An homage to the splendor and resilience of Indigenous Mexican culture, Rivera’s painting, like many of his works from the period, was created to help revitalize Mexico after its revolution (1910 - 1920). Rivera’s scene depicts el Día de los Muertos (Day of the Dead), a Mexican celebration in which the deceased are invited to commune with the living through an altar, called la ofrenda, set with welcoming offerings.

The work features three figures gathering at an altar and a garland of marigolds draped across a nopal cactus, which represents survival and appears on Mexico’s coat of arms. Visit our website to view this work and learn more about our collection loan process.

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#TerryAdkins: “My quest has been to find a way to make music as physical as sculpture might be, and sculpture as ethereal as music is . . . to make both of those pursuits do what they are normally not able to do.”

Adkins’ “Native Son (Circus)” (2006/2015) is a groundbreaking sculpture made of cymbals that are played by programmed pedals underneath. Unseen by viewers, the pedals play a nonsensical melody. Though Adkins designed the work, it was constructed after he passed away, giving the piece a mystical quality that matches the artist’s desire to create art that transcends the limitations of human expression and “lives” beyond one’s life. Click on the link in our bio to learn more about his work from the #ArtBridges collection—which is currently on view at the @RiverfrontMuseum as part of the exhibition “American Verses: Terry Adkins, Mark Bradford & Kerry James Marshall.”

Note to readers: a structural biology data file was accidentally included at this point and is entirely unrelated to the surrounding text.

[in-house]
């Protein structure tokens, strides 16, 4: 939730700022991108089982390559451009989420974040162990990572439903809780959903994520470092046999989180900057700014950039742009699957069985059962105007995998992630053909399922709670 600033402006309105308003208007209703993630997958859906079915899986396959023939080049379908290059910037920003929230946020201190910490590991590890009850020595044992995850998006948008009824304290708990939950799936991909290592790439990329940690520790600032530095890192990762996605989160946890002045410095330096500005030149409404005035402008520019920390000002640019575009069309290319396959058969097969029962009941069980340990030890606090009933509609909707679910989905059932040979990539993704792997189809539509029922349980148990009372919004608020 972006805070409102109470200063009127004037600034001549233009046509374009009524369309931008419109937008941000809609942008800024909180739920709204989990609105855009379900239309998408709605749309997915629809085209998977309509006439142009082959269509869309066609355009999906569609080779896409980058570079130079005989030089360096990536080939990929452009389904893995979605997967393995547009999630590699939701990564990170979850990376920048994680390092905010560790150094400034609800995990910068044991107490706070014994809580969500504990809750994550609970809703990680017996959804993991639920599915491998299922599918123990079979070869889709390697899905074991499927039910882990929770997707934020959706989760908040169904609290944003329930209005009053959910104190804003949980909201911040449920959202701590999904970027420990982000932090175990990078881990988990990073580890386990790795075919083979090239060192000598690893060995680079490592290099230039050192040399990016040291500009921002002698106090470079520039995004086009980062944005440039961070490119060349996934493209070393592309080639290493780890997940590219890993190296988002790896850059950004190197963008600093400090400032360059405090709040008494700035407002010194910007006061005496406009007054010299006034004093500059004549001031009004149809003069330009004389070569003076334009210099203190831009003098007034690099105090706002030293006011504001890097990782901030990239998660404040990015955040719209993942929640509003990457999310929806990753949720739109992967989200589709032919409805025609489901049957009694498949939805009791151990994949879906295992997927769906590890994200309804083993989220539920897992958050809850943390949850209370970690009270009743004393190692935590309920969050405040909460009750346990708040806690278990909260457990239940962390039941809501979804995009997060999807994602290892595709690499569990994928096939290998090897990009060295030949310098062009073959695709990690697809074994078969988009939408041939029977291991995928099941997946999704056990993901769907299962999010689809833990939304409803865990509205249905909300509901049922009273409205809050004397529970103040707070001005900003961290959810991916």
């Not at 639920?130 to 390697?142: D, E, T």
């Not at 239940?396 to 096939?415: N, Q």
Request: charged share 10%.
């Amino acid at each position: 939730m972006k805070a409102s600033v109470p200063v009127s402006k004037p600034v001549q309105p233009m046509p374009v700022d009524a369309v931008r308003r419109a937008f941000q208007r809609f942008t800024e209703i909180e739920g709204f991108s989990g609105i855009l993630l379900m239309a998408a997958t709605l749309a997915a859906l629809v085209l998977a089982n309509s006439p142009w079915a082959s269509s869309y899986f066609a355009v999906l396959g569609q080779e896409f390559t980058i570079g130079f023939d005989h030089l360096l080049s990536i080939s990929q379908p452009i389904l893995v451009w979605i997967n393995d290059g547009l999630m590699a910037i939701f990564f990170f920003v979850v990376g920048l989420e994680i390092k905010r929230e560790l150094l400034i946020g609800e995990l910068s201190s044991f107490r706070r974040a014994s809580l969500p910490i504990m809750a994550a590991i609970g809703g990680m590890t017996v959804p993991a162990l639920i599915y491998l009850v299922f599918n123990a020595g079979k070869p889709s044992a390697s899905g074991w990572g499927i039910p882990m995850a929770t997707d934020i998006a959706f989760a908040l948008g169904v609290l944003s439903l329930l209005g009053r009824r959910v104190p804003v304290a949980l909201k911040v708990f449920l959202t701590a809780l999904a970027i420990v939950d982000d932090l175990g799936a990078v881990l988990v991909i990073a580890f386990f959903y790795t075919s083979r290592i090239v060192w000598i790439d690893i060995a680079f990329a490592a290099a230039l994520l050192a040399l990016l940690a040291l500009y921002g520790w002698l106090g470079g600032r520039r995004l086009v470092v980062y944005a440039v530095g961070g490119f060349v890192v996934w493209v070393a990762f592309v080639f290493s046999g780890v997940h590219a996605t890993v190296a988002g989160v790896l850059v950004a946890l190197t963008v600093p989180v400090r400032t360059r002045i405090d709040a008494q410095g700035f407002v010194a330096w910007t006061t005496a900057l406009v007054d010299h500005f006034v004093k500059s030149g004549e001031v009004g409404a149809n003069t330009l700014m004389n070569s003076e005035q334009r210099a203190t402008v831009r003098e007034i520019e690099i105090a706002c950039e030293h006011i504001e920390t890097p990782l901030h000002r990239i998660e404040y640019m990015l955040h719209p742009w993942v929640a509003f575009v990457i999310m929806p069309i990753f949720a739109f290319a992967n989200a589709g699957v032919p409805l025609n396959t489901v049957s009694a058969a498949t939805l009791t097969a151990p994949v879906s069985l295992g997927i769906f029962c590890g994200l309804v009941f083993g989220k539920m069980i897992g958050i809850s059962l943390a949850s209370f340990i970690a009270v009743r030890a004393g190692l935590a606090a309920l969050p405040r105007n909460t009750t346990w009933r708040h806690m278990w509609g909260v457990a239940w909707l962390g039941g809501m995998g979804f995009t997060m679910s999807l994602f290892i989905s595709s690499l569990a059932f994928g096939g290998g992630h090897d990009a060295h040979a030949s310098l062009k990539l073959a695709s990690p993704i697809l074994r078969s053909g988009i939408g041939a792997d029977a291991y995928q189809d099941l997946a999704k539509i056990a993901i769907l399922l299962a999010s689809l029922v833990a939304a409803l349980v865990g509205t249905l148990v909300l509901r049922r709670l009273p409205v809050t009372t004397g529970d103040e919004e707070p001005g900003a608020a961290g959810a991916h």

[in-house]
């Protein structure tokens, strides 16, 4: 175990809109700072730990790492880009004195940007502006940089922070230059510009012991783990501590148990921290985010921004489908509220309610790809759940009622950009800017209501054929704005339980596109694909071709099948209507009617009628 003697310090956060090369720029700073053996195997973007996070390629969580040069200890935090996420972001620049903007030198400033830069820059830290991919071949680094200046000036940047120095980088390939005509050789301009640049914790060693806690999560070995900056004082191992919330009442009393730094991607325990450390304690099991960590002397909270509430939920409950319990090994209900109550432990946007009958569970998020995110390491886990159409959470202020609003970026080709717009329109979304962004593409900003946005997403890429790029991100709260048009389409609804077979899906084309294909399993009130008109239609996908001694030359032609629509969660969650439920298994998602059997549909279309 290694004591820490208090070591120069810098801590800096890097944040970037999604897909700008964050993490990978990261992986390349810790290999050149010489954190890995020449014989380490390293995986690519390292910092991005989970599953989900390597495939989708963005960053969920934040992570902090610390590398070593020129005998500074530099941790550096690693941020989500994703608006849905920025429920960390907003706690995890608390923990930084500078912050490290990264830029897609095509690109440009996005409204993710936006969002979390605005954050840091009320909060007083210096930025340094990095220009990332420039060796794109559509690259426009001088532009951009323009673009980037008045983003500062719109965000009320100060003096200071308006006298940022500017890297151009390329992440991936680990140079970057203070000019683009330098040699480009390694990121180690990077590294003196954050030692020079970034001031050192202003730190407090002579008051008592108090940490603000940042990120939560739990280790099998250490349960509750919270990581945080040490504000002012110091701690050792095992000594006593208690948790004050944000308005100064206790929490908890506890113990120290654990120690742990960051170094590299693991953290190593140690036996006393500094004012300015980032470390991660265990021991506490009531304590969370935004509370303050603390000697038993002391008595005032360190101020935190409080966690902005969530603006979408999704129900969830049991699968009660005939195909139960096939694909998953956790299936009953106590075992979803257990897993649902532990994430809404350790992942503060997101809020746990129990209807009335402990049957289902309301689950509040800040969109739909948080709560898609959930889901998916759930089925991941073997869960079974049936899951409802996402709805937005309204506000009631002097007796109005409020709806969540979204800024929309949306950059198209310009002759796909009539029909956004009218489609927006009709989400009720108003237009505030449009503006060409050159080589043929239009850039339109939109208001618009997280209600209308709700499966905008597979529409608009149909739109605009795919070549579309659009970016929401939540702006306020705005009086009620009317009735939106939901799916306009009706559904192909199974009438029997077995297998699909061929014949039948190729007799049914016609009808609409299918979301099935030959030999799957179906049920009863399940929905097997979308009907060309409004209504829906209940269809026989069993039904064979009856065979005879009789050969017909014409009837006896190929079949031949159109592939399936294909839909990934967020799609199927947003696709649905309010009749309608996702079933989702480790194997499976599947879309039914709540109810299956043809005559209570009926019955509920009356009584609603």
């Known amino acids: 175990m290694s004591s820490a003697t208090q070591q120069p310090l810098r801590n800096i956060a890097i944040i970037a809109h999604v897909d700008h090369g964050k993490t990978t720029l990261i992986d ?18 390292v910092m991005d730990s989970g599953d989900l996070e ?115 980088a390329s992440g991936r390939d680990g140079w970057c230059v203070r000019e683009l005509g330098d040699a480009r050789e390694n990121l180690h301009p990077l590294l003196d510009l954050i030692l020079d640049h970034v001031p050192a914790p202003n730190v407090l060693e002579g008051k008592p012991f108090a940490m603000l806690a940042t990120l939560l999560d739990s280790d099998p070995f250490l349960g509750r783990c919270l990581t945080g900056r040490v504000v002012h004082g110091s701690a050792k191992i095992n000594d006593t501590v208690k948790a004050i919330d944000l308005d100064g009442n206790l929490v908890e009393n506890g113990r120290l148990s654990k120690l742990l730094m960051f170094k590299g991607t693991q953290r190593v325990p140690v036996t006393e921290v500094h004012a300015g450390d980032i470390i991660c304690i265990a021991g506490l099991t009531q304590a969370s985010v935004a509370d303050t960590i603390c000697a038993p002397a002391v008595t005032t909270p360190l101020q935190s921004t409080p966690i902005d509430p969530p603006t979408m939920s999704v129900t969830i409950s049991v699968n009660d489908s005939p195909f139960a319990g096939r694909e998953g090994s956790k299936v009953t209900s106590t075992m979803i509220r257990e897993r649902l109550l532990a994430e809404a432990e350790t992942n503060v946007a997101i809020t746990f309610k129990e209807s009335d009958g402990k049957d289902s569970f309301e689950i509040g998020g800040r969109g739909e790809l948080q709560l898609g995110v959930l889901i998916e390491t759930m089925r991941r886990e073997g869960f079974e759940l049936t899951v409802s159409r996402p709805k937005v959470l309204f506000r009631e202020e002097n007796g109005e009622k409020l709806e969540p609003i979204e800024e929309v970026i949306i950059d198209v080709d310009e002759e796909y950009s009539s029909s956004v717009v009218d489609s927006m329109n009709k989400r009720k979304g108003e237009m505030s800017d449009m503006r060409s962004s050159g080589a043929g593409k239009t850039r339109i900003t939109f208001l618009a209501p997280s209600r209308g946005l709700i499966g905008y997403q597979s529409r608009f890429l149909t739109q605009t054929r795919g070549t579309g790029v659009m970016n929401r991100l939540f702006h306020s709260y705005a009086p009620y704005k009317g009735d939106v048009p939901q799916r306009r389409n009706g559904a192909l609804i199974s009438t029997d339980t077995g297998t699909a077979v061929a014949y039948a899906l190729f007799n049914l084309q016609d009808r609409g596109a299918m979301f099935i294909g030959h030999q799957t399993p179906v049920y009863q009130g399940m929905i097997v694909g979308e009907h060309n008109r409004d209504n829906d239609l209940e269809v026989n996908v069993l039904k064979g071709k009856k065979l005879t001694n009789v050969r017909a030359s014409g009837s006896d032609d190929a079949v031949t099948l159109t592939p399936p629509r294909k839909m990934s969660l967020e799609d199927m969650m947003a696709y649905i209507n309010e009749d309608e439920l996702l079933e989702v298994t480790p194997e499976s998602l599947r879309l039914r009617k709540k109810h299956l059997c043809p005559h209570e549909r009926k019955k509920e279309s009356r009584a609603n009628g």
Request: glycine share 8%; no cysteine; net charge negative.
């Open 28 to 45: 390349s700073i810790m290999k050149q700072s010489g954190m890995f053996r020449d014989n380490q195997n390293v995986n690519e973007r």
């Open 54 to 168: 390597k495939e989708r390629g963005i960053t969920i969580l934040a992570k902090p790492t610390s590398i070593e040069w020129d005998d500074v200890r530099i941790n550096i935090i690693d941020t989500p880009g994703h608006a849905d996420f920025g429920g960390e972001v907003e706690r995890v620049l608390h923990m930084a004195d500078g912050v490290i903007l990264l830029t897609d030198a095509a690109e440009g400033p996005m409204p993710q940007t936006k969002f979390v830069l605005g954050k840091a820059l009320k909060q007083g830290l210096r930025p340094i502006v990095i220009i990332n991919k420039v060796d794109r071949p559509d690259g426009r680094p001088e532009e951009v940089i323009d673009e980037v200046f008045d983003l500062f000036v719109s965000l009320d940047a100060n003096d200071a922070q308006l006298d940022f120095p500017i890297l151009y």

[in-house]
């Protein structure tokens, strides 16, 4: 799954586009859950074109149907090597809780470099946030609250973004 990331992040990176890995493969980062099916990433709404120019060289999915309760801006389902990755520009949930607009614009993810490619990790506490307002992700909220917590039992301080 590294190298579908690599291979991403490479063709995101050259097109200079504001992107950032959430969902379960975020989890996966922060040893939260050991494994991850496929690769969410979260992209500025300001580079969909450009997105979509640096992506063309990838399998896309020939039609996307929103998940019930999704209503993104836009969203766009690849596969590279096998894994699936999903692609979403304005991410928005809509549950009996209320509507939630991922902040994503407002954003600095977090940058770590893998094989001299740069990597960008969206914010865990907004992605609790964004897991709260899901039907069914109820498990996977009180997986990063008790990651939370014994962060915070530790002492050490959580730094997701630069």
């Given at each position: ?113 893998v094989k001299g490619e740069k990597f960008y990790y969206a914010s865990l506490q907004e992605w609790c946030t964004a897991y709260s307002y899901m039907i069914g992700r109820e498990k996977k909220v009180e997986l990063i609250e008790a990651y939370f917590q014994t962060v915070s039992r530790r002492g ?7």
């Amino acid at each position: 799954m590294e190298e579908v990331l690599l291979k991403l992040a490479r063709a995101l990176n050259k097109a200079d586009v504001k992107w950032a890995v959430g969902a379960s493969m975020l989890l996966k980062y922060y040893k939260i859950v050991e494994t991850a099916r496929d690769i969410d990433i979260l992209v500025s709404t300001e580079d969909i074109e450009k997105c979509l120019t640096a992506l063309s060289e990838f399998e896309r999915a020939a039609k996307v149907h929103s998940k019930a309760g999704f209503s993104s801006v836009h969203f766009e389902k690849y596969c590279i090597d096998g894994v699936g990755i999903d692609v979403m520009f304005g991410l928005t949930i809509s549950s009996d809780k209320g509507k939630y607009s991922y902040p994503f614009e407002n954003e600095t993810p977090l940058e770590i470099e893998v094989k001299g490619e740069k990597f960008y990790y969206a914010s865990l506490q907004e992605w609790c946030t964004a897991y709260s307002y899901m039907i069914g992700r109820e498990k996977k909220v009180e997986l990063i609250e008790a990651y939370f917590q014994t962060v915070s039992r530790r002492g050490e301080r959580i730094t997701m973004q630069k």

Photo: Terry Adkins, Blanche Bruce, and the Lone Wolf Recital Corps perform “The Last Trumpet” at the @Perfromanyc Biennial 2013.

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#Repost from our friends at the @HudsonRiverMuseum | Just two weeks left to see Border Cantos | Sonic Border, in which photographer Richard Misrach and sculptor and composer Guillermo Galindo collaborate to explore the physical and psychological divide between the US and Mexico through images and sound.

There are about a dozen variations of the US-Mexico border fence in use today, depending on location, terrain, and foot traffic. Made of pipes filled with concrete and driven into the ground, this style of fencing stretches along the rugged badlands of the California desert, as illustrated by this photograph by Richard Misrach.

Large enough to dissuade crossers, the interconnected steel fencing serves a dual purpose for the Border Patrol. It provides separation, yet, unlike sheet-steel walls, lets agents see through to anticipate potential crossers or smugglers, prevents flooding, and allows migration of small animals.

The exhibition is organized by the @CrystalBridgesMuseum of American Art in Bentonville, Arkansas. Support provided by #ArtBridges

Border Cantos | Sonic Border is on view through May 9, 2021. The Museum is open Thursday-Sunday from 12-5pm. Advance reservations are recommended.

Purchase tickets at

#BorderCantos #HRMBorderCantos #migration #immigration #RichardMisrach #GuillermoGalindo #Mexico #border @galin_dog

Image: Richard Misrach (b. 1949). "Wall, Tierra Del Sol Road, Boulevard, California," 2014, printed 2018. Pigment print. Crystal Bridges Museum of American Art, Bentonville, Arkansas.